Mu­sic pro­ducer Bert Berns (left) is the sub­ject of a new movie.

San Francisco Chronicle - - CONTENTS - By Pam Grady

You may not know the name Bert Berns, but if you are at all fa­mil­iar with pop­u­lar mu­sic of the 1960s, then you know Bert Berns. The song­writer and pro­ducer, the sub­ject of the doc­u­men­tary “Bang! The Bert Berns Story,” screen­ing at the Mill Val­ley Film Fes­ti­val, was only 38 when the heart trou­ble that had plagued him since a child­hood bout with rheumatic fever killed him in 1967. And he was a late bloomer, 31, when he be­gan his string of hits, but what a string.

“Twist and Shout,” “Piece of My Heart,” “Cry to Me,” “Hang On, Sloopy” and “Here Comes the Night” are just some of the songs Berns wrote or co-wrote. Among his pro­duc­ing cred­its were the Is­ley Broth­ers’ record­ing of “Twist and Shout,” the Drifters’ “Un­der the Board­walk,” and Van Mor­ri­son’s “Brown Eyed Girl.” He was a staff pro­ducer at At­lantic, was among the few pro­duc­ers to work in Eng­land dur­ing the Bri­tish In­va­sion, and owned two record la­bels, Bang and Shout.

“My mother al­ways told my sis­ter and me when we were chil­dren and through­out our lives, ‘Your dad knew he was go­ing to die young, and he would say, ‘My chil­dren will know me through my mu­sic,’ ” says “Bang!” co-direc­tor Brett Berns, the el­dest of Bert Berns’ three chil­dren and only 2 years old when his fa­ther died. “It be­came a kind of mantra, a kind of ral­ly­ing cry for us over time.”

Brett Berns cred­its for­mer Chron­i­cle Pop Mu­sic Critic Joel Selvin, who also ap­pears in “Bang!” and wrote the doc­u­men­tary’s nar­ra­tion, with get­ting the ball rolling in restor­ing Bert Berns to his proper place in pop mu­sic. Selvin spent years work­ing on his 2014 bi­og­ra­phy of Berns, “Here Comes the Night: The Dark Soul of Bert Berns and the Dirty Busi­ness of Rhythm and Blues.”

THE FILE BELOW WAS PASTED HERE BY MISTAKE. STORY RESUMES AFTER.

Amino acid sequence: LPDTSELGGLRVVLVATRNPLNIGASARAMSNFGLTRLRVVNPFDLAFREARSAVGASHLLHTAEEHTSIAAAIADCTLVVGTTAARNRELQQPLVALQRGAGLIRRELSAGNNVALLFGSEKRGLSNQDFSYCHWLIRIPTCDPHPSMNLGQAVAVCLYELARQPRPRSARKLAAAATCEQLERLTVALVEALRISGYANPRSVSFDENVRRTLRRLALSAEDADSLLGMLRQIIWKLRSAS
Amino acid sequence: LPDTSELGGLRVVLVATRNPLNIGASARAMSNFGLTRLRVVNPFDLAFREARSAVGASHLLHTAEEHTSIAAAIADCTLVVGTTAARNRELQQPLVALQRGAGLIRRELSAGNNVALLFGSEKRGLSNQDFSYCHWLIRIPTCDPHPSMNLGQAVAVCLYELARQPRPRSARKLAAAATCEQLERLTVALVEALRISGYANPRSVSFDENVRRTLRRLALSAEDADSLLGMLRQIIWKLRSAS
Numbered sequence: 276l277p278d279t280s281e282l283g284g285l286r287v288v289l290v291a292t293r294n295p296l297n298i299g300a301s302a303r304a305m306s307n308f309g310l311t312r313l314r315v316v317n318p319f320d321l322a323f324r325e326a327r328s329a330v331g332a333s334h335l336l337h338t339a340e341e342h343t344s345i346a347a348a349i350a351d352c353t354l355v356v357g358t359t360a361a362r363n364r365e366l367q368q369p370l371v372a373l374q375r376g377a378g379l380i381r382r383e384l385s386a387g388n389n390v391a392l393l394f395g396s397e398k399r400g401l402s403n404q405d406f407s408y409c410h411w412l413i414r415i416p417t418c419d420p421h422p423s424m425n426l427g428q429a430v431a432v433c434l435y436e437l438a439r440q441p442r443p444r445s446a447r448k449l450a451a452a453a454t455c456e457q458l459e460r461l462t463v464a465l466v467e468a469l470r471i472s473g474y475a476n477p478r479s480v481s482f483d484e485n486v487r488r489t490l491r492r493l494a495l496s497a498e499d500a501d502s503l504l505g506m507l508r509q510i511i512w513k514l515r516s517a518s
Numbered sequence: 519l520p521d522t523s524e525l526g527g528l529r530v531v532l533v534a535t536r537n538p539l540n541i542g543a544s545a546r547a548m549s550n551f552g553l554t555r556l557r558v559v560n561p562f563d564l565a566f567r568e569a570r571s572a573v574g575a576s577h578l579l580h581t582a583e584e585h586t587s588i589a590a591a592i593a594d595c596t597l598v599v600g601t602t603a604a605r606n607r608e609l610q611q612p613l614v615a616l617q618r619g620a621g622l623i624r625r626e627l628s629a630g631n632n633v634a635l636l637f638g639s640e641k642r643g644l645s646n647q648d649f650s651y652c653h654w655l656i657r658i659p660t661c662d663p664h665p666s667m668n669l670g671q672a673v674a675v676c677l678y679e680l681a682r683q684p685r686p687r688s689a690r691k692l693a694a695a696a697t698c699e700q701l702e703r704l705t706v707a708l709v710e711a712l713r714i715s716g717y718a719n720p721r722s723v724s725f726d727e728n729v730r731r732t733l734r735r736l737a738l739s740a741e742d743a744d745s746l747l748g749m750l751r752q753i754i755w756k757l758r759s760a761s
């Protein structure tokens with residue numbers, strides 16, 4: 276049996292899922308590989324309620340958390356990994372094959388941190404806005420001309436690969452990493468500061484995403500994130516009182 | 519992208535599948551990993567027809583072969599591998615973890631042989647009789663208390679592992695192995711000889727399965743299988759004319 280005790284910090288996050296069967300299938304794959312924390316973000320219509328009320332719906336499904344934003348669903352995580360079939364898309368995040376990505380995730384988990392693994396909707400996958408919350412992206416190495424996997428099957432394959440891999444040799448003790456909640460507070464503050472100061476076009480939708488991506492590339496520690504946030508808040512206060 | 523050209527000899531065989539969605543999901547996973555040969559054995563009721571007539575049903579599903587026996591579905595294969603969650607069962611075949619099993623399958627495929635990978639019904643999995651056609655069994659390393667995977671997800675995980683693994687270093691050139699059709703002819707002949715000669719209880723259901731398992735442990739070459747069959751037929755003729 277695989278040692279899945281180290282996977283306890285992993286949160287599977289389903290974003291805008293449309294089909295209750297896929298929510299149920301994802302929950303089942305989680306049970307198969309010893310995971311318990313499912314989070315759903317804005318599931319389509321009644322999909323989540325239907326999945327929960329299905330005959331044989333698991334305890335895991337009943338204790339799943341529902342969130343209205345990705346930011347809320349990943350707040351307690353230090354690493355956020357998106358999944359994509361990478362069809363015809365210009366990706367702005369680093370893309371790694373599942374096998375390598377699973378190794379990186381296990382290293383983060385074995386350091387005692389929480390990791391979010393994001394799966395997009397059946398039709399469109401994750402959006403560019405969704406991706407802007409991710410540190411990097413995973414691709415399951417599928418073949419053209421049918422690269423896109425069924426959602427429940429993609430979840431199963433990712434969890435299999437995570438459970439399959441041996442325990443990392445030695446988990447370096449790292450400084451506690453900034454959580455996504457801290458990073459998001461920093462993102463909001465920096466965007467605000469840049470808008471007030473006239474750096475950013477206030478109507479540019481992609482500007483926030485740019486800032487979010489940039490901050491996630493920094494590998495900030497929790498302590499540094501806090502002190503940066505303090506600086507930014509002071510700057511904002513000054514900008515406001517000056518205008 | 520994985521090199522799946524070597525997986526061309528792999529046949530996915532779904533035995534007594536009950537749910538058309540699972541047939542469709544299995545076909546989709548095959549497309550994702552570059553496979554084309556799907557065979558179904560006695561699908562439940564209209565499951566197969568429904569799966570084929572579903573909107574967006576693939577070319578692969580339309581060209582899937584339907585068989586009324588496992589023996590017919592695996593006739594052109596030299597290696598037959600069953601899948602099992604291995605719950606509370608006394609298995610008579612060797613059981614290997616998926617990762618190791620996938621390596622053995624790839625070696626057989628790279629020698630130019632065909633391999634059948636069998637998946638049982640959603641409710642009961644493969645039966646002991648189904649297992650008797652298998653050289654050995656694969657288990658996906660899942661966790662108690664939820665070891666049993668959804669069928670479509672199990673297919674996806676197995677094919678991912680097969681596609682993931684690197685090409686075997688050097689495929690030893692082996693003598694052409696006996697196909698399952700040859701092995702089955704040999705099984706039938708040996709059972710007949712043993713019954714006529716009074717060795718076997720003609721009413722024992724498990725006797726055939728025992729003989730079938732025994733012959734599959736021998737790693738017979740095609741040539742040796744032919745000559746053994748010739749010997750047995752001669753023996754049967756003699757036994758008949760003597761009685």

“Joel had been work­ing on this book prob­a­bly since the early ’70s, on some level,” Brett Berns says. “On some level, he was imag­in­ing telling the Bert Berns story. He was re­ally the first one to get it and con­nect all the dots. When I met Joel, he opened a world to my fa­ther that I didn’t know ex­isted in terms of my dad’s mu­sic, and also we helped each other con­nect dots in the story.”

Selvin also in­tro­duced Brett Berns to San Fran­cisco film­maker Bob Sar­les, whose own films in­clude “Sweet Blues: A Film About Mike Bloom­field” (2013). Orig­i­nally brought on to edit “Bang!,” he now shares direc­tor credit with Berns.

Among the big­gest chal­lenges he found when he came aboard the film was how to make Bert Berns a char­ac­ter when all the filmmakers had to work with was pho­to­graphs. There isn’t even any home movie footage of him. A short au­dio clip of Berns in the studio work­ing with singer Betty Har­ris was the key to bring­ing him to life.

“We ba­si­cally re-cre­ated a circa early ’60s studio, and then we cast a stand-in for Betty Har­ris,” says Sar­les. “Some peo­ple think we ac­tu­ally found footage of Betty Har­ris in the studio.”

The heart of “Bang!” is

“Bang!” fea­tures in­ter­views with song­writ­ers in­clud­ing Jeff Barry, Mike Stoller and Jerry Ragovoy and per­form­ers in­clud­ing Betty Har­ris, Ron Is­ley, Solomon Burke and Van Mor­ri­son.

Ravin’ Films pho­tos

Left: Song­writer/pro­ducer Bert Berns (left), the doc­u­men­tary sub­ject who was known for the hits “Twist and Shout” and “Piece of My Heart,” with At­lantic Records part­ner/pro­ducer Jerry Wexler.

Above: Bert Berns (left), owner of two record la­bels, Bang and Shout, and singer-song­writer Van Mor­ri­son (lower right).

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